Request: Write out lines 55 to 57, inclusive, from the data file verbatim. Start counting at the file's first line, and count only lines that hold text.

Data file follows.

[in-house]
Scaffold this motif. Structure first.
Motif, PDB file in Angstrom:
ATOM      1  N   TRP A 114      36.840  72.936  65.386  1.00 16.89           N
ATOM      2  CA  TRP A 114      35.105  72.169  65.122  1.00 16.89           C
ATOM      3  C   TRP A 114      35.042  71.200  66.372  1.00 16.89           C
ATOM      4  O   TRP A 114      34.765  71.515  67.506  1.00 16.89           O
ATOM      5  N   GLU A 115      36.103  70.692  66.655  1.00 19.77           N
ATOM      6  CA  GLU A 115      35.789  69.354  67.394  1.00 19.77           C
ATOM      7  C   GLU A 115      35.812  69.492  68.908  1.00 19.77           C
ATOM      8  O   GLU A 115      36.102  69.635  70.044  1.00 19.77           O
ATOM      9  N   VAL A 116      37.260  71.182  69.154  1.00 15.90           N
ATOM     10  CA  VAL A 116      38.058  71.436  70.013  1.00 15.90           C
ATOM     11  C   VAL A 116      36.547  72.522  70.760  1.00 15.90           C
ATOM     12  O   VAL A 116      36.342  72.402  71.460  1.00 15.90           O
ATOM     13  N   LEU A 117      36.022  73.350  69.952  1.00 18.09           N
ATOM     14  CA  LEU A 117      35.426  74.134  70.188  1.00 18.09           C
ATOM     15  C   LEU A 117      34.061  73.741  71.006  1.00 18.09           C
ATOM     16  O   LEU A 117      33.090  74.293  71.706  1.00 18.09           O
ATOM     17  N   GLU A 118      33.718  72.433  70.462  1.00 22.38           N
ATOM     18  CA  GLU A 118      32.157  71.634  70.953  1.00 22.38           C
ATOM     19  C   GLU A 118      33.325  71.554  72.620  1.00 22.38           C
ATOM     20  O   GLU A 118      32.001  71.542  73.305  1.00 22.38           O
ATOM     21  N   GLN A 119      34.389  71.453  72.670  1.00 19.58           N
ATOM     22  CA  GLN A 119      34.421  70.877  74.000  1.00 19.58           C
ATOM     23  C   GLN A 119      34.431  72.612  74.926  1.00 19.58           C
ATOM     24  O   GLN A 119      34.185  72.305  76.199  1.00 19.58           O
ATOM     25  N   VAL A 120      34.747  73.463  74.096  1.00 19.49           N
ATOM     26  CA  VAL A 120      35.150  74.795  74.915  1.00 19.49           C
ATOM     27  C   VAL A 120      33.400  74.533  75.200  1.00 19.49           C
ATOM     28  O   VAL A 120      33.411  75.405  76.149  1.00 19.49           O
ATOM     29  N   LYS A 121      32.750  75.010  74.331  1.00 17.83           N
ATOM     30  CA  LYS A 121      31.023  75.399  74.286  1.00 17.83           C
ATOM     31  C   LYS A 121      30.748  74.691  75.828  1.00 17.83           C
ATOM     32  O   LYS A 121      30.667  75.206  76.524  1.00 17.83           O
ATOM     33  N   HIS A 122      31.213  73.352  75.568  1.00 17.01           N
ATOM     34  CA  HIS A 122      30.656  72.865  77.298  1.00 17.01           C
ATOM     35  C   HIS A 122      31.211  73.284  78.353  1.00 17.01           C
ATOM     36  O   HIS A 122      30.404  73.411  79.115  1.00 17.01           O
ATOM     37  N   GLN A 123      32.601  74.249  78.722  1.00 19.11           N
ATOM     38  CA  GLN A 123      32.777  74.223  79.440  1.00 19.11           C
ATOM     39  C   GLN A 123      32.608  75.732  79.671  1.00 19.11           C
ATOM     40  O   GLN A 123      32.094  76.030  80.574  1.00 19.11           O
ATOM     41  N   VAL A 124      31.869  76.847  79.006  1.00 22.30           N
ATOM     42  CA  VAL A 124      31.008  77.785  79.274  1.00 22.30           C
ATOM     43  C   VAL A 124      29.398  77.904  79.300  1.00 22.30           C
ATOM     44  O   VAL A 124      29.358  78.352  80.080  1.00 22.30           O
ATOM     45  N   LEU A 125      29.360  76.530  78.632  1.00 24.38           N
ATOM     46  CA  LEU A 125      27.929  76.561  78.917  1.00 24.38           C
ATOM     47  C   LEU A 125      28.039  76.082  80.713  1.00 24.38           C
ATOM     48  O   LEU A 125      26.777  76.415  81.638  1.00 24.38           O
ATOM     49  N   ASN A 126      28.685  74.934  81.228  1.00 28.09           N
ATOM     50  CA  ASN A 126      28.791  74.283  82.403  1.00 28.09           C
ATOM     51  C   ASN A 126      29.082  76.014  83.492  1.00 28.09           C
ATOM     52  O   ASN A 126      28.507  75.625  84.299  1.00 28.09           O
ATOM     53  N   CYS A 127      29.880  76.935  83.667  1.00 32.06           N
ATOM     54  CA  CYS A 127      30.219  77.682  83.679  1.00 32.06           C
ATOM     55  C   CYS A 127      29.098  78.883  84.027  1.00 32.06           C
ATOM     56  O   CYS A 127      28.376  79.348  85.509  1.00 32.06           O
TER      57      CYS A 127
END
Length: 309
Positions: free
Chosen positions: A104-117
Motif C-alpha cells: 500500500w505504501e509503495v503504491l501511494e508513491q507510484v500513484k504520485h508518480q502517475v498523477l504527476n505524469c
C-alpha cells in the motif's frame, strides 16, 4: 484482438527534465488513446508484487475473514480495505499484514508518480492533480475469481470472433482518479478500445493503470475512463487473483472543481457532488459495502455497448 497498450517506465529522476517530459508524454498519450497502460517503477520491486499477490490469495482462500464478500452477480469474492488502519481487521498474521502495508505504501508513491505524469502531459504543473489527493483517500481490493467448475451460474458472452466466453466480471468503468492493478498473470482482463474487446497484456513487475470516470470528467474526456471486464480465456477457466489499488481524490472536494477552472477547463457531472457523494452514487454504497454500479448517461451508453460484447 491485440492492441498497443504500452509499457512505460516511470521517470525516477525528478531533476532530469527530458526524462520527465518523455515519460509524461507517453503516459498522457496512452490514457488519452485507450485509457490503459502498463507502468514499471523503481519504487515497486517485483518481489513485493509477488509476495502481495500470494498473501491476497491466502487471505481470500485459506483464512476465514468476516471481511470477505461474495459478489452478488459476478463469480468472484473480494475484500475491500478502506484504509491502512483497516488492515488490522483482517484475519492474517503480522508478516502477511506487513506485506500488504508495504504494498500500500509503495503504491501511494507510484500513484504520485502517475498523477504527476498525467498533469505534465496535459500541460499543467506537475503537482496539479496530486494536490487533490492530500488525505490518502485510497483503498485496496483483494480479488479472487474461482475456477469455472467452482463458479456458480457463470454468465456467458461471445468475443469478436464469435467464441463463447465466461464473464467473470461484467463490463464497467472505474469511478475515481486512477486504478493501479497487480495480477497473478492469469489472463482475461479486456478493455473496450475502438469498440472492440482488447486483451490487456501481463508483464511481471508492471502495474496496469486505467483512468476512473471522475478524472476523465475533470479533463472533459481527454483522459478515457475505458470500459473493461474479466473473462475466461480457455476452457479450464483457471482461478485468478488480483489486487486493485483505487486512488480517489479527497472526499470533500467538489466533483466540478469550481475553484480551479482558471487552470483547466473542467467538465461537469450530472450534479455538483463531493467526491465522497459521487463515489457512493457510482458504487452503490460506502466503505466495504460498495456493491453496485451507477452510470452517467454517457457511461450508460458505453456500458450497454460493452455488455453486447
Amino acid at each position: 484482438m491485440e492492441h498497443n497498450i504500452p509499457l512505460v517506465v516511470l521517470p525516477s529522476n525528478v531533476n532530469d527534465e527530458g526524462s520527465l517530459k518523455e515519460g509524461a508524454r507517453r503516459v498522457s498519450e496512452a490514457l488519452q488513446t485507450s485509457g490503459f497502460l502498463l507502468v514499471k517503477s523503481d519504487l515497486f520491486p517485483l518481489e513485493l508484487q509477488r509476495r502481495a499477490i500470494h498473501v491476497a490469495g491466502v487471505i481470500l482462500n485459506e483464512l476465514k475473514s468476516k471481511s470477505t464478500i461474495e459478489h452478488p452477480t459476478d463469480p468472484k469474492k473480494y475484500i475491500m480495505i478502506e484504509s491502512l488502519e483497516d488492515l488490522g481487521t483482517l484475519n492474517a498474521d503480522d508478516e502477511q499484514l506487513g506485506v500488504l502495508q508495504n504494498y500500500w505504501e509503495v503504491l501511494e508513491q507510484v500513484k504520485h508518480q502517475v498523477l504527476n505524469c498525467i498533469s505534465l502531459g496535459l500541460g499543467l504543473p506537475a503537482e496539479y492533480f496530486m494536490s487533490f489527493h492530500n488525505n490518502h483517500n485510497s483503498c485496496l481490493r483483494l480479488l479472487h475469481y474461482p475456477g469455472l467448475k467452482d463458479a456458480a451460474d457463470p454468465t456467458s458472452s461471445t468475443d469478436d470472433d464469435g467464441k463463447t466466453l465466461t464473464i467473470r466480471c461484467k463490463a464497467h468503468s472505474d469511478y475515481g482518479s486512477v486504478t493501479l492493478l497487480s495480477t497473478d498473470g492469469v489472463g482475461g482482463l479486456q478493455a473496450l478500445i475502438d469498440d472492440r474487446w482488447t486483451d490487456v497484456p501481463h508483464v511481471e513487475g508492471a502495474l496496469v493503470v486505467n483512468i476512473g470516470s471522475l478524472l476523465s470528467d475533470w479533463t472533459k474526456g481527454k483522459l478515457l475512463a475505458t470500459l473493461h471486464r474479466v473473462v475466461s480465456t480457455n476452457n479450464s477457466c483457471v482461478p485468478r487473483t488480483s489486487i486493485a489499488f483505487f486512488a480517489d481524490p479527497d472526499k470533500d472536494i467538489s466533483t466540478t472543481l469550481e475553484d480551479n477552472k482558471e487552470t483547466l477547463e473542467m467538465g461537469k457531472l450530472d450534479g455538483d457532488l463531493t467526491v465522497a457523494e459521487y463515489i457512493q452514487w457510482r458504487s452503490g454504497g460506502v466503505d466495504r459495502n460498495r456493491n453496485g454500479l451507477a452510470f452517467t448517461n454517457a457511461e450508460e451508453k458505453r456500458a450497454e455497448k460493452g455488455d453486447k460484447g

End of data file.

ATOM     52  O   ASN A 126      28.507  75.625  84.299  1.00 28.09           O
ATOM     53  N   CYS A 127      29.880  76.935  83.667  1.00 32.06           N
ATOM     54  CA  CYS A 127      30.219  77.682  83.679  1.00 32.06           C